Resolution

To resolve the #CALC! error, we can add a condition that if there are no events that fall in the mentioned criteria, display "No Events". This condition will be added in double-quotes as the if_empty argument. The formula is amended as follows:

`=FILTER(A2:C10,(A2:A10>=F1)*(A2:A10<=F2),"No Events")` ### Scenario 2: Excel Web

As per the official website, when using Excel Web, you might face a #CALC! error if your calculation involves more than 10,000 cells. In Excel for the web, custom functions with references to more than 10,000 cells cannot be computed and instead result in the #CALC! error.

### Scenario 3: While using LAMBDA Function

LAMBDA function allows you to create a custom Excel function. Once a LAMBDA function is created and saved, it can be inserted multiple times in a workbook.

As the LAMBDA function provides a way to create a custom function in Excel, you can develop a function for a frequently used formula and avoid copying and pasting it.

But it is important to note that it cannot be used directly without a cell reference. You will see a #CALC! error because the function needs a reference from where data can be used.

It is further explained with an example.

#### Example 1

You wish to convert the GBP into USD.

In general use, you would use GBP/Conversion Rate if you’re punching figures on your calculator. In Excel, if you have multiple values to convert, you would give reference to the cell containing the GBP value as done in the formula ahead:

`=A2/0.83` If you wish to use the LAMBDA function to carry out this conversion, you will have the advantage of being able to use the created formula throughout the workbook. To achieve that, let’s give this formula a go:

`=LAMBDA(x,x/0.83)`

This will give you a #CALC! error as there are no references to any cells for "x". The formula has no input values to calculate with, hence it returns the #CALC! error. Resolution

Excel gives a #CALC! error if you assemble a LAMBDA function in a cell without giving it any references to work with. You must add parentheses with the relevant cell reference(s) to the end of your formula to call the function and provide the values to your LAMBDA function.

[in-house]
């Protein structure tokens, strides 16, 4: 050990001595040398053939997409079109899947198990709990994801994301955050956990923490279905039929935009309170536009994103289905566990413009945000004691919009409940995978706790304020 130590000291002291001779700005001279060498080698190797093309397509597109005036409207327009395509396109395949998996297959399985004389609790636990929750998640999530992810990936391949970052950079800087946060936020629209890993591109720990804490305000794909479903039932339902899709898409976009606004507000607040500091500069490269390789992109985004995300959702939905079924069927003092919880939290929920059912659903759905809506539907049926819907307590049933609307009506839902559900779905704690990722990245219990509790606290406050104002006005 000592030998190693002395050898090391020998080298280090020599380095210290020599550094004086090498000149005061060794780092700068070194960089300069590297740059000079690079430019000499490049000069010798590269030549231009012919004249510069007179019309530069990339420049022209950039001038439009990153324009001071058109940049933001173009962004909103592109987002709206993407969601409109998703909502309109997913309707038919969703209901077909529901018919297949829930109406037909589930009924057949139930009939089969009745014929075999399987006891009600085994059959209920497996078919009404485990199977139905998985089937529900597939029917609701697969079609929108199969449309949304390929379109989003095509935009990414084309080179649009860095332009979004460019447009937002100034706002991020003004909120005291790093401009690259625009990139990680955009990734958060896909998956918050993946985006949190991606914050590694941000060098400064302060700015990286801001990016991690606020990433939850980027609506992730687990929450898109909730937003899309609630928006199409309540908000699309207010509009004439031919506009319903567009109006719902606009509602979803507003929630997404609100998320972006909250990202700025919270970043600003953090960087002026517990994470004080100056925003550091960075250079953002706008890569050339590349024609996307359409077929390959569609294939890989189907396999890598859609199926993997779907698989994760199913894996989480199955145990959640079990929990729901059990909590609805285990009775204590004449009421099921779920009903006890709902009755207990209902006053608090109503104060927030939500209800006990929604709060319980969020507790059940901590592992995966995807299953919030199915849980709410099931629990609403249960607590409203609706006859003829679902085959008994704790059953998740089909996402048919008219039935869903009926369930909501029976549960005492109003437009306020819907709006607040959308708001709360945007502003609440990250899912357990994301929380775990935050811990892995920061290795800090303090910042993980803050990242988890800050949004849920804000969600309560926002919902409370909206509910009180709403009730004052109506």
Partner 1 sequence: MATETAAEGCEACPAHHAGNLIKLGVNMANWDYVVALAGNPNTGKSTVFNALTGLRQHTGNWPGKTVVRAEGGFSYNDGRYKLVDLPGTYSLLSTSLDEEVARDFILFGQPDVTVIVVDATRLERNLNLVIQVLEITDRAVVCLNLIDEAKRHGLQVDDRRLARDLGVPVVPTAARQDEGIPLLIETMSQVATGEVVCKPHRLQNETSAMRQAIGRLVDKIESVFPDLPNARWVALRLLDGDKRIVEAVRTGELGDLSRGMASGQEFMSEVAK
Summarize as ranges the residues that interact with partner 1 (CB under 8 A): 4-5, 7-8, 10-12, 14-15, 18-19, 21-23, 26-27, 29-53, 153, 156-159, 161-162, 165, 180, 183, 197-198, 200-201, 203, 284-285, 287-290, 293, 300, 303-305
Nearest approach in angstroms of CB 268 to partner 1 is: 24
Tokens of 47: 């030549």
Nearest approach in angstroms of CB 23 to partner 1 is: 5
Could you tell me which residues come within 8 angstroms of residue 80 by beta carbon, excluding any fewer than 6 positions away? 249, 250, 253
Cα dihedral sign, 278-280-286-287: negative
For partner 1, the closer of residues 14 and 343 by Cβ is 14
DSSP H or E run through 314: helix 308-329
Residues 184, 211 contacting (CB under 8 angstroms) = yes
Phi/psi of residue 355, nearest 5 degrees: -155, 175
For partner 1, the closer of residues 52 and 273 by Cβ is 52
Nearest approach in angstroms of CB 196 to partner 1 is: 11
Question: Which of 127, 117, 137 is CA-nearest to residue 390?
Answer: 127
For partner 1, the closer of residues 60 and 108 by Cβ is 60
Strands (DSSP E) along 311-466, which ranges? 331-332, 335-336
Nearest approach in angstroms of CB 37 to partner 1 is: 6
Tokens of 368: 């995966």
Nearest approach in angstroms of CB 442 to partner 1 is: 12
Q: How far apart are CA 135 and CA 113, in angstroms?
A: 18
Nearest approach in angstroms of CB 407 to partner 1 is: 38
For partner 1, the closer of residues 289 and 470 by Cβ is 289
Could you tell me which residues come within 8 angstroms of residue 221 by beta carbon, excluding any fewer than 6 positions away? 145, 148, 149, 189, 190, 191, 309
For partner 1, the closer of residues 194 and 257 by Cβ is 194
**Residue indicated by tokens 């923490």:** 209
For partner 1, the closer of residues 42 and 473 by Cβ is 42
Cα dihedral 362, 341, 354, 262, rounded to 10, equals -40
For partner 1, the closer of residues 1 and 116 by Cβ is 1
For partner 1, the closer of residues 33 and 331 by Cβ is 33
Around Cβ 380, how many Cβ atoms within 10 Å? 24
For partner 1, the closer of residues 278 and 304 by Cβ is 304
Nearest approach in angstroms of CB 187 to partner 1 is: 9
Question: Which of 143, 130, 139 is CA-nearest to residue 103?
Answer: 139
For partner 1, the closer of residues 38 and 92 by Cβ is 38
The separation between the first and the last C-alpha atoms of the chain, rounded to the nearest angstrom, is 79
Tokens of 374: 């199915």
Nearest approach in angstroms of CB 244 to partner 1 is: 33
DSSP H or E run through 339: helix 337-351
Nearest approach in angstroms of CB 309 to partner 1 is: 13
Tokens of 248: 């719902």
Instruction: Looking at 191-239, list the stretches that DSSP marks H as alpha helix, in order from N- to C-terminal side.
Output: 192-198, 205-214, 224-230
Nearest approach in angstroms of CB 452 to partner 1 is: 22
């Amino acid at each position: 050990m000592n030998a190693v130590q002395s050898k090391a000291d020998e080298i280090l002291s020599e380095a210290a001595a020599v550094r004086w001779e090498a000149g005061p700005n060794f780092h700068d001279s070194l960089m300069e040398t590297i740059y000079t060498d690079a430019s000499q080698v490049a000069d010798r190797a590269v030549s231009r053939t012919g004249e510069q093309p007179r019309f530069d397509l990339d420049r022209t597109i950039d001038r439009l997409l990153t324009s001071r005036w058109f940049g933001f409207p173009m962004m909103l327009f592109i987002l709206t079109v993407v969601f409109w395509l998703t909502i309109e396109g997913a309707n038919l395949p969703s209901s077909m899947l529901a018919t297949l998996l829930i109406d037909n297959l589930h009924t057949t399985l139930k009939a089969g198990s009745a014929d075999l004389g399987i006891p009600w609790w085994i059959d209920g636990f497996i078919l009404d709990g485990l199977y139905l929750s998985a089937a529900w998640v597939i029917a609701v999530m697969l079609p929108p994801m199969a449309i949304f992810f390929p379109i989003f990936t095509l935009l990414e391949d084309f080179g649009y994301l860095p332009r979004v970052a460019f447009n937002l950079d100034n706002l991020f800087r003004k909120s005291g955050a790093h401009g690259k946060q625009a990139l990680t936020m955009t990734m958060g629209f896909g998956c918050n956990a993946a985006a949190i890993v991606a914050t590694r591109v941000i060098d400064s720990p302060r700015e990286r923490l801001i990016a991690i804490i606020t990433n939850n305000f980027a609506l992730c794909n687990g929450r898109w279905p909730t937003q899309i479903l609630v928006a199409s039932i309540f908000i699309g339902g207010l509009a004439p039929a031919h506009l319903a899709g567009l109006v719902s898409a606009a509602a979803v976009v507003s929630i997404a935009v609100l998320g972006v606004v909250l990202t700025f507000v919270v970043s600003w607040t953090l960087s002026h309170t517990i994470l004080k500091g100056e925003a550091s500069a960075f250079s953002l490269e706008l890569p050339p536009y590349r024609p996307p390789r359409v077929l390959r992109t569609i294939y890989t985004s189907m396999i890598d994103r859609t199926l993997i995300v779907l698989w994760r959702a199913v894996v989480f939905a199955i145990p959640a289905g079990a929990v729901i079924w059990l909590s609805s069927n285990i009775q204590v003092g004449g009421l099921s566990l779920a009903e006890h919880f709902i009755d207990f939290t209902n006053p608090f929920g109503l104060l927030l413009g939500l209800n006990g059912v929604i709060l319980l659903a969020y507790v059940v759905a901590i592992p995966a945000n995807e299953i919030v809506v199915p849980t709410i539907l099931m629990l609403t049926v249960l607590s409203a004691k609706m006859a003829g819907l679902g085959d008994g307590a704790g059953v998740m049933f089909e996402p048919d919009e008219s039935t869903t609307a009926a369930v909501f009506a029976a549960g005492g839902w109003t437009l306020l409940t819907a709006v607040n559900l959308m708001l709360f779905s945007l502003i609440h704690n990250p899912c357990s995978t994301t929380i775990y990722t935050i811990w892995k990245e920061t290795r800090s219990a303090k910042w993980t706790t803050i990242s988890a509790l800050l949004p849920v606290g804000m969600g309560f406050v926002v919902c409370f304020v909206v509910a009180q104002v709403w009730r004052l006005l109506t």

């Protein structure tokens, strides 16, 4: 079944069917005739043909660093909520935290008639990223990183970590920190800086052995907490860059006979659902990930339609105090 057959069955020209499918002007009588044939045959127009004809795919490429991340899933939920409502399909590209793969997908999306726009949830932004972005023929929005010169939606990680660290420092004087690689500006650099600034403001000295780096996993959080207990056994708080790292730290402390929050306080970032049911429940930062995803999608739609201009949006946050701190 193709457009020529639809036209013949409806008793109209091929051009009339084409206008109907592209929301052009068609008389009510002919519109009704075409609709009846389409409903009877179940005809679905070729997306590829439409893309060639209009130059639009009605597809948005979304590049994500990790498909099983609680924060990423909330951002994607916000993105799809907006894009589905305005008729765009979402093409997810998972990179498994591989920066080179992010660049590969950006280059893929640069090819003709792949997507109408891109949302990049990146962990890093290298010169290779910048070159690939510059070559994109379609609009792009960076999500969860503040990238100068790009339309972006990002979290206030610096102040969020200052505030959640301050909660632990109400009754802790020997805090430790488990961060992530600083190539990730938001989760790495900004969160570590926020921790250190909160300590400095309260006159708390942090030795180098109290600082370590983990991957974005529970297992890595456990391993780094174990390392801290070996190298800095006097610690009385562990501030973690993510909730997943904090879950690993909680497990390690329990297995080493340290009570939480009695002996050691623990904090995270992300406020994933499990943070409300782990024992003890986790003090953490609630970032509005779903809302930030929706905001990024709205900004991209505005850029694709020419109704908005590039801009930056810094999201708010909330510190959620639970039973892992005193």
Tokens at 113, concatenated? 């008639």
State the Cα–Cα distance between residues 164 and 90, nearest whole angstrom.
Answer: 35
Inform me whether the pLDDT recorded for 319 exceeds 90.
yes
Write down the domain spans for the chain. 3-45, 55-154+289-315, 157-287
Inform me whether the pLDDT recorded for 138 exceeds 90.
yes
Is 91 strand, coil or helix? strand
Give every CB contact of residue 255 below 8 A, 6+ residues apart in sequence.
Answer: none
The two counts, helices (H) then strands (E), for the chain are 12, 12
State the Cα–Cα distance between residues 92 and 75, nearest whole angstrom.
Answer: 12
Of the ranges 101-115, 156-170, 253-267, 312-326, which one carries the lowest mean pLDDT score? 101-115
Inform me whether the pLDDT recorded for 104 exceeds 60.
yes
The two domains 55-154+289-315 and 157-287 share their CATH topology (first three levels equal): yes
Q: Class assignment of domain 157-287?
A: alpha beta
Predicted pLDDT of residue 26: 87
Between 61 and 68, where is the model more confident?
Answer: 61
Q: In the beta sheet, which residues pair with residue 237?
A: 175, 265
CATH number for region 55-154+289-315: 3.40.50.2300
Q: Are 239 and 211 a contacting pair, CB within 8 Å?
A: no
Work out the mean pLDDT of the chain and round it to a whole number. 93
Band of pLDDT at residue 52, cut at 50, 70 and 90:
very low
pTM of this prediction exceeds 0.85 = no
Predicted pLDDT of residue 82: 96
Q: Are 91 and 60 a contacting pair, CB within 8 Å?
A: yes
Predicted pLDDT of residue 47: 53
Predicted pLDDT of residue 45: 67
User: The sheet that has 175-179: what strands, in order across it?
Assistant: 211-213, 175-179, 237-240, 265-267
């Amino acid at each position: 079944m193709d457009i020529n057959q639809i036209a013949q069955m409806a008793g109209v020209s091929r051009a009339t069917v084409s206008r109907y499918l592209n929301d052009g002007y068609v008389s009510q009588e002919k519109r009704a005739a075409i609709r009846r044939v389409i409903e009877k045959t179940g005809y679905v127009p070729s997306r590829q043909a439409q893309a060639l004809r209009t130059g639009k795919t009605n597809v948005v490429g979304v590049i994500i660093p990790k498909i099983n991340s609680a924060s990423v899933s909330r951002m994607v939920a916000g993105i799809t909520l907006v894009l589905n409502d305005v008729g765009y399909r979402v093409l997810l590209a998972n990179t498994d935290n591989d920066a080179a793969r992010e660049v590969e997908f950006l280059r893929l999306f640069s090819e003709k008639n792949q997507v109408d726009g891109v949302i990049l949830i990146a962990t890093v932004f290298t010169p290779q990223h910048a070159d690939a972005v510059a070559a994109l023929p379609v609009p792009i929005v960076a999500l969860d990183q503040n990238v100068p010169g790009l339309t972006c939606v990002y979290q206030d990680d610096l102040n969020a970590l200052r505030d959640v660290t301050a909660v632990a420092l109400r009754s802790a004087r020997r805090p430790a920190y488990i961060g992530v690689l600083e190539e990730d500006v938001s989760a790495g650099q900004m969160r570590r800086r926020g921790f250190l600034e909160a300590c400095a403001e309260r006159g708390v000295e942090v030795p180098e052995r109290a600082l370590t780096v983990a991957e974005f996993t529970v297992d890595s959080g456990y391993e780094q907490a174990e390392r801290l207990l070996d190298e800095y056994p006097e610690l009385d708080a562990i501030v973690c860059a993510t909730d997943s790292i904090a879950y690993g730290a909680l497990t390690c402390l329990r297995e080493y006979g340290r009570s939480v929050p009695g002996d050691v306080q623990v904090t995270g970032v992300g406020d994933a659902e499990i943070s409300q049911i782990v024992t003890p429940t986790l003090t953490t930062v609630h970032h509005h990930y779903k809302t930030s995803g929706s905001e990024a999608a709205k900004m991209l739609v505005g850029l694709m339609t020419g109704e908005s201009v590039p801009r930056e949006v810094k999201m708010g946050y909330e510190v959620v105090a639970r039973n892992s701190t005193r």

Let's fix the previously used formula, supplying the necessary cell reference, and see if it resolves the error for us:

`=LAMBDA(x,x/0.83)(A2)` Providing the LAMBA function with A2 as the cell reference, we have successfully fixed the error! Win-win!

#### Example 2

Let's try using two parameters in the LAMBDA function. This is another point where the #CALC! error might occur.

Our example consists of two columns; one with the values of x, and the other with values of y. If we are to calculate the value of x2+ y2, we will sum the square of x value with the square of y value. If we put this together using the LAMBDA function, we can make our own formula:

`=LAMBDA(X,Y,X^2+Y^2)`

We are using the LAMBDA function to sum x raised to power 2 by y raised to power 2. This will result in an error as you can see Excel will not understand what x and y are.

Resolution

We must give the cell reference to feed the value of x and y and resolve the error. Adding the cell references to our example formula gives us:

`=LAMBDA(X,Y,X^2+Y^2)(A2,B2)`

Adding the values from the first row in the dataset resolves the #CALC errors for us and performs the required calculation: With all the above examples, hopefully, you have understood the possible scenarios where you might face the #CALC! error and how to resolve it. While you practice resolving #CALC! errors, we’ll have some more tutorials ready for you.